Bladder dysfunction due to spinal cord injury has a significant impact on the overall health and quality of life of an individual. Clean intermittent catheterization is the gold standard for bladder management and is recommended due to having the lowest complication rate.
Neurogenic patients performing clean-intermittent self-catheterization (CIC) may develop an urethral erosion, resulting in ischial-urethral fistulas (I-UF). In this work we present our single-center experience in dealing with this peculiar complication.
Patients with neurological disorders often have lower urinary tract dysfunction, manifesting as urinary retention or urinary incontinence, and so commonly use catheters. Neurologists should therefore be aware of the different types of catheters and appliances and their risks, benefits and complications.
Intermittent catheterisation (IC) is a commonly recommended procedure for people with incomplete bladder emptying. Frequent complications are urinary tract infection (UTI), urethral trauma and discomfort during catheter use.
Patient satisfaction is paramount to health-related quality of life (HR-QoL) outcomes. High quality, quantitative data from the US describing patients' actual experiences, difficulties, and HR-QoL while on an intermittent self-catheterization (ISC) regimen is very scarce.
Spinal dysraphism (SD) is a general term used to refer to developmental abnormalities of the spine that involves many clinical conditions including myelomeningocele (MMC). In these patients, neurogenic bladder (NB) is a common and predisposing factor for renal damage; the most frequently used approach to manage this situation is based on clean intermittent catheterization (CIC) and anticholinergic drugs.
Intermittent self-catheterisation (ISC) is now considered the standard of care for most patients with neurological conditions and associated lower urinary tract disorders. Numerous societies, led by the International Continence Society, are in agreement on the effectiveness of ISC.
To provide a detailed step-by-step operative technique, and to report on long-term functional and metabolic outcomes in secondary continence mechanisms in the form of secondary intussuscepted ileal nipple valves in revisional surgery of ileocecal pouches.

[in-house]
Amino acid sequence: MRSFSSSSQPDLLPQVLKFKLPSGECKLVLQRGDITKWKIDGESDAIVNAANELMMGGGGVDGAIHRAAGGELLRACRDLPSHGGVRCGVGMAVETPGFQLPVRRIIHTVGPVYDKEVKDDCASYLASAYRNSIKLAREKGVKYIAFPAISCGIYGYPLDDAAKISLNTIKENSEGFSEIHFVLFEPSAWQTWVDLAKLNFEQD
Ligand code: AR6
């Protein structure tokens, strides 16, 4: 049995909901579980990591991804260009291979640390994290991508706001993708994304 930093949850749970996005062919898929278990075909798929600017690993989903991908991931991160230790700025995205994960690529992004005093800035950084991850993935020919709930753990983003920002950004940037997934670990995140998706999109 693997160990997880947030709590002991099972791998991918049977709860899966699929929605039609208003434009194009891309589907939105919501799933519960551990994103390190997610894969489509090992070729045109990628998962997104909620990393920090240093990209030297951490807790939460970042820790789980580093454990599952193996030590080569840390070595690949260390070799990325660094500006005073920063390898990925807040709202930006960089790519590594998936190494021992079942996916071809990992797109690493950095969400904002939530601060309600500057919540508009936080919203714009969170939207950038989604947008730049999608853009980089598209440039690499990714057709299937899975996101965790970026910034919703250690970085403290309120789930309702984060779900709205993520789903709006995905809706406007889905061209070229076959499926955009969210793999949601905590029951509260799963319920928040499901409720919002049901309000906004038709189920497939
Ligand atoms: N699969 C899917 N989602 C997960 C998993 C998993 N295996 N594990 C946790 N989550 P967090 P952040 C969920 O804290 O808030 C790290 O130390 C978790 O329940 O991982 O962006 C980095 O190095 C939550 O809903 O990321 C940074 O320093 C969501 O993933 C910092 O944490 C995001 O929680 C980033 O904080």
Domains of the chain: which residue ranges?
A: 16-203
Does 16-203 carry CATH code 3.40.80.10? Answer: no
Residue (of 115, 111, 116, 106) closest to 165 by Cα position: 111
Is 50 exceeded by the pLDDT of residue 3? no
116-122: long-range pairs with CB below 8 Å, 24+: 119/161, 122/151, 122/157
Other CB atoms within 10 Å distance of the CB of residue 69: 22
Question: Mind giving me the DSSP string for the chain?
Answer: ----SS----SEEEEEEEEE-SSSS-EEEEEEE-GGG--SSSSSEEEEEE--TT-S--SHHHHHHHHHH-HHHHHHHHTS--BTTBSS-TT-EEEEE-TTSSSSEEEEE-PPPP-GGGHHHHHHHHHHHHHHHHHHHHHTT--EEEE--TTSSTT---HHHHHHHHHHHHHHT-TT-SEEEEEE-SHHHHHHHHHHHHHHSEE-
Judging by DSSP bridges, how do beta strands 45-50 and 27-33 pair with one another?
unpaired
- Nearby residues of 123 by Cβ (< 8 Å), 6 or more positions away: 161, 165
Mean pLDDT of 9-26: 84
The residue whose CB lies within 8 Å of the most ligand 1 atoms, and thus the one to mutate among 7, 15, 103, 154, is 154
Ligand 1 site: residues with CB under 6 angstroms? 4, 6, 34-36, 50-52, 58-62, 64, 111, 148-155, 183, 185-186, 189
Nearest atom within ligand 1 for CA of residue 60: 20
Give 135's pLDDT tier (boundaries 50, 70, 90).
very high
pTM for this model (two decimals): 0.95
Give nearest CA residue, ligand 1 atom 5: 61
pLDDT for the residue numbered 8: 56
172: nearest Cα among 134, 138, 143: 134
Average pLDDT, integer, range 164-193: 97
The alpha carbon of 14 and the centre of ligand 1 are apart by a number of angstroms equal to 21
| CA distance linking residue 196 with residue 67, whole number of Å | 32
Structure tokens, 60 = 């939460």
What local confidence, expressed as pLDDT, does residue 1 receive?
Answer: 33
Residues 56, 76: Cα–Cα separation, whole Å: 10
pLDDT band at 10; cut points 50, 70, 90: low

The standard method of evaluating the lubricity of intermittent urinary catheters with coefficient of friction (CoF) testing is not physiologically relevant, while there is also a dearth of published research on catheter-associated urethral micro-trauma.
Clean intermittent catheterization (CIC) is fundamental in managing children with impaired bladder function. However, it is not always feasible via the native urethra predominately males with intact sensation.
In utero myelomeningocele (MMC) repair has resulted in significant decrease in need for shunt-dependent hydrocephalus, however its impact on bladder function remains less clear. Neurogenic detrusor overactivity (NDO) due to MMC can be addressed with combination of clean intermittent catheterization (CIC) and anticholinergic (AC) therapy to minimize its effect on bladder function and upper urinary tract.
Our aim was to evaluate the use of indwelling, intermittent and external urinary catheters in neurogenic and non-neurogenic bladder patients in the Netherlands from 1997 to 2018.
Data were retrieved from a population-based cohort containing information about the extramural use of medical devices in the insured population in the Netherlands.
Intermittent catheterization (IC) is a common medical technique to drain urine from the bladder when this is no longer possible by natural means. The objective of this study was to evaluate the standard of care and the burden of illness in German individuals who perform intermittent catheterization and obtain recommendations for improvement of care.
To measure the time required to perform clean intermittent self-catheterization (CISC) in daily life and to assess its impact on adherence and quality of life.
Patients performing CISC for more than 1 month were invited to participate.
Background: Straight catheters are usually used for clean intermittent catheterization (CIC). Patients perform CIC without much difficulty. Spontaneous knotting of catheter is rare in large bore straight catheters and female patients.
To obtain insight into the the use and costs of clean intermittent catheterization (CIC) in the Netherlands from 1997 to 2018.
For this population-based study, data on the use and costs of disposable catheters were provided by the Drug Information Project database.
Intermittent catheterization (IMC) is the accepted evidence-based best practice for bladder management in people with voiding dysfunction due to neurogenic bladder. The two methods for performing IMC over the decades since this practice was introduced are reuse and single-use catheters.
We investigated the quality of life (QOL) of a homogenous group of ambulant patients with neurogenic lower urinary tract dysfunction without significant comorbidities to elucidate the impact of clean intermittent catheterization (CIC) on QOL.
To determine a safe bactericidal cleaning method that does not damage urethral catheters used for intermittent catheterization. In some countries, single-use catheters are the norm; in others, the reuse of catheters is common depending on health insurance, personal preference, or individual concerns about the environment.
Our objective was to provide guidelines covering all aspects of intermittent catheterisation (intermittent self-catheterisation and third-party intermittent catheterisation).
A systematic review of the literature based on Pubmed, Embase, Google scholar was initiated in December 2014 and updated in April 2019.